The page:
More than thirty forts and castles were built by the Portuguese, Dutch, British and Spanish merchants. The Gold Coast was known for centuries as 'The White Man's Grave', because many of the Europeans who went there died of malaria and other tropical diseases.After the Dutch withdrew in 1874, Britain made the Gold Coast a protectorate. Following conquest by the British in 1896 until independence in March 1957, the territory of modern Ghana, excluding the Volta Region (British Togoland), was known as the Gold Coast.

1840 – 17 October 1921, Yaa Asantewaa the queen mother of Ejisu of the Empire of Ashanti and leader of the 1900 "Empire of Ashanti rebellion" known as the War of the Golden Stool against British colonialism; Center: c. 1870 – 12 May 1931, Prempeh I the Asantehene and ruler of the Oyoko Abohyen Dynasty and the Akan people of the Empire of Ashanti from 26 March 1888 until his death in 1931; Right: The Empire of Ashanti Royal stool on a chair with its immediate caretaker on 31 January 1935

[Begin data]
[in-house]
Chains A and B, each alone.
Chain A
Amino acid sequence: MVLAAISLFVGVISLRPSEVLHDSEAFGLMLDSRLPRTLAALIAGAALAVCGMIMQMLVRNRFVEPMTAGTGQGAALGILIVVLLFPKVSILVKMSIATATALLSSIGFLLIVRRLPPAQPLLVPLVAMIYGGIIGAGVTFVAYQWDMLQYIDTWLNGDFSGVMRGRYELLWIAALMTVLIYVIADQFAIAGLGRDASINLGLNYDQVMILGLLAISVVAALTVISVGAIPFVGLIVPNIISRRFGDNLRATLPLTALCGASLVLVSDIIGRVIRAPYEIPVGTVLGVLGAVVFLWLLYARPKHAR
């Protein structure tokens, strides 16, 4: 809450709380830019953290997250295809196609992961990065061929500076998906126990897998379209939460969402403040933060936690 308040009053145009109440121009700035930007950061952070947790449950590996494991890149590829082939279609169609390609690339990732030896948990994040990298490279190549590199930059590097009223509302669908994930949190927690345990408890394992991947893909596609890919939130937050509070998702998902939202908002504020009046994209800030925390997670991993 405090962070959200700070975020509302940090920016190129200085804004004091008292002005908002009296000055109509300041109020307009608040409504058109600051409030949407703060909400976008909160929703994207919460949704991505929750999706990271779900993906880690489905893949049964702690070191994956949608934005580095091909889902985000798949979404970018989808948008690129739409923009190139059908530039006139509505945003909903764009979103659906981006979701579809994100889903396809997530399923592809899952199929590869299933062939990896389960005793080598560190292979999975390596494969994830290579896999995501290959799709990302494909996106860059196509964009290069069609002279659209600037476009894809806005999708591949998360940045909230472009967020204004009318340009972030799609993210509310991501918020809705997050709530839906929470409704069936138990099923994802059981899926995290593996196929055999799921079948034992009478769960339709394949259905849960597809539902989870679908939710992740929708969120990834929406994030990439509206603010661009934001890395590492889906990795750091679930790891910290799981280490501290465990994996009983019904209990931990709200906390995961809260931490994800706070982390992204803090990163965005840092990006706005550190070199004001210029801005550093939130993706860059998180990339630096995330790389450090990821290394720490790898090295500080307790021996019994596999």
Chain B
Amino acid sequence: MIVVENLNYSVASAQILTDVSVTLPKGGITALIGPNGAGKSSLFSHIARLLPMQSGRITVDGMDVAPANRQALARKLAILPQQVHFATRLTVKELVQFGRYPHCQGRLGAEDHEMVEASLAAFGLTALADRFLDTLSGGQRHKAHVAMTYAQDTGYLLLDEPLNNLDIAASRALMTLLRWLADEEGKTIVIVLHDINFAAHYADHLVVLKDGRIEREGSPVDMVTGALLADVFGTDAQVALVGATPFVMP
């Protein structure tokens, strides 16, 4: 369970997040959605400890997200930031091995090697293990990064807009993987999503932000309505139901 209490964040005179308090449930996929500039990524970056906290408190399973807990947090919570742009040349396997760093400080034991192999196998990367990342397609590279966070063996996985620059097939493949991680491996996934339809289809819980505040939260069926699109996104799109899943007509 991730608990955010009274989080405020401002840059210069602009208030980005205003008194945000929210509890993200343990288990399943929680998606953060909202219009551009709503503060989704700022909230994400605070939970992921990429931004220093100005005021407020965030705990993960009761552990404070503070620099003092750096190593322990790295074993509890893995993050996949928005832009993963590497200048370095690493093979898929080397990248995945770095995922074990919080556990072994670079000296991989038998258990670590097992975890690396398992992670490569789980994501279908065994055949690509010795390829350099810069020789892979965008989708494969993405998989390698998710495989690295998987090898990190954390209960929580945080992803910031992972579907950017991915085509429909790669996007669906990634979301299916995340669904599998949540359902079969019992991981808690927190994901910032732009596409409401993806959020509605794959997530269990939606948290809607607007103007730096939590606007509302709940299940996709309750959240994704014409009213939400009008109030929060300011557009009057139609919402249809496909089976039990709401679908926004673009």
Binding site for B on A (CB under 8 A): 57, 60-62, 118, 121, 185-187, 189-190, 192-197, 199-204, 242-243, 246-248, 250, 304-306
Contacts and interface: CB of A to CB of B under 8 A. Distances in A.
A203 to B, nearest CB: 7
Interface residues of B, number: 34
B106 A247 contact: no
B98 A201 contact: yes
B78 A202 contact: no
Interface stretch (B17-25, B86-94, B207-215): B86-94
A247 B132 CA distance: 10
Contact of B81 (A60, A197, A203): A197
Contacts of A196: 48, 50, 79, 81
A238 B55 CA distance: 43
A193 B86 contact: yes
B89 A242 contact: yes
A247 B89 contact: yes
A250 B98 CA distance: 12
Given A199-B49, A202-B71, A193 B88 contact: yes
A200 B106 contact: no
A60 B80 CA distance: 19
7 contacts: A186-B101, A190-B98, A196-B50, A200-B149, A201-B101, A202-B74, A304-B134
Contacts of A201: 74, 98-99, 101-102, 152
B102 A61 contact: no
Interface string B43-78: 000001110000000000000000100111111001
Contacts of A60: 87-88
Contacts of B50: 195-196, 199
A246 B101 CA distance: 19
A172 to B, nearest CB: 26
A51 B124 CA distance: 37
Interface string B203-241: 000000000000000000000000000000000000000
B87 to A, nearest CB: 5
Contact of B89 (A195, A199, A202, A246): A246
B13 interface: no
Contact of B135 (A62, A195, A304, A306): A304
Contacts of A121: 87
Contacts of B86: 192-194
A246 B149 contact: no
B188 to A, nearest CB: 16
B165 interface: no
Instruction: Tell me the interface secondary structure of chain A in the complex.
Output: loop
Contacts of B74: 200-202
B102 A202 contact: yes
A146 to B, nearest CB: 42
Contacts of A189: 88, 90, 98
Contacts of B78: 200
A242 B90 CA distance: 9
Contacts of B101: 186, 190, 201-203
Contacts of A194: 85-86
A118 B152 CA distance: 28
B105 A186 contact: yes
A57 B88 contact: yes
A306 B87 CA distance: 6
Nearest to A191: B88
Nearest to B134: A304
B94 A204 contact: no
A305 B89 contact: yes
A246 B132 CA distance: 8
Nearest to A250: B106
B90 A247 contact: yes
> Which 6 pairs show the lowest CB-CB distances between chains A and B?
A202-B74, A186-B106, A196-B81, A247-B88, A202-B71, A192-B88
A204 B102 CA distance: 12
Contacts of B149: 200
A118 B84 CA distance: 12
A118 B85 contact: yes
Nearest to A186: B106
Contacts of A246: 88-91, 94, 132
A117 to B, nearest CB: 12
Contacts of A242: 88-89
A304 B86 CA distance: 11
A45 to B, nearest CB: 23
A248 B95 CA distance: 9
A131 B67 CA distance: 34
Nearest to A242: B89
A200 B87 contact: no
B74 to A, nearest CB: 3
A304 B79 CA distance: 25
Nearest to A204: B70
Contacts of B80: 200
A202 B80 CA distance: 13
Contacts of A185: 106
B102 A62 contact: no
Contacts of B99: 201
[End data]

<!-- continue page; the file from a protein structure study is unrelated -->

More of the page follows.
Many wars occurred between the colonial powers and the various nation-states in the area, including the 1806 Ashanti–Fante War, and the continuous struggle by the Ashanti against the British in many wars. The Ashanti defeated the British a few times, but eventually lost with the Ashanti-British War in the early 1900s., Even under colonial rule, the chiefs and people often resisted the policies of the British; however, moves toward decolonization intensified after World War II. In 1947, the newly formed United Gold Coast Convention (UGCC) called for "self-government within the shortest possible time."[29] After rioting increased in 1948, the members of the United Gold Coast Convention were arrested, including future prime minister and president Kwame Nkrumah. Later, Nkrumah formed his own party, the Convention People's Party (CPP) with the motto "self government now." He began a 'Positive Action' campaign and gained the support of rural and working-class people. He was again imprisoned for being the leader of a party that caused boycotts, strikes and other forms of civil disobedience. After winning a majority in the Legislative Assembly in 1952, Nkrumah was released and appointed leader of government business. After further negotiations with Britain, on 6 March 1957 at 12 a.m. Nkrumah declared Ghana "free forever".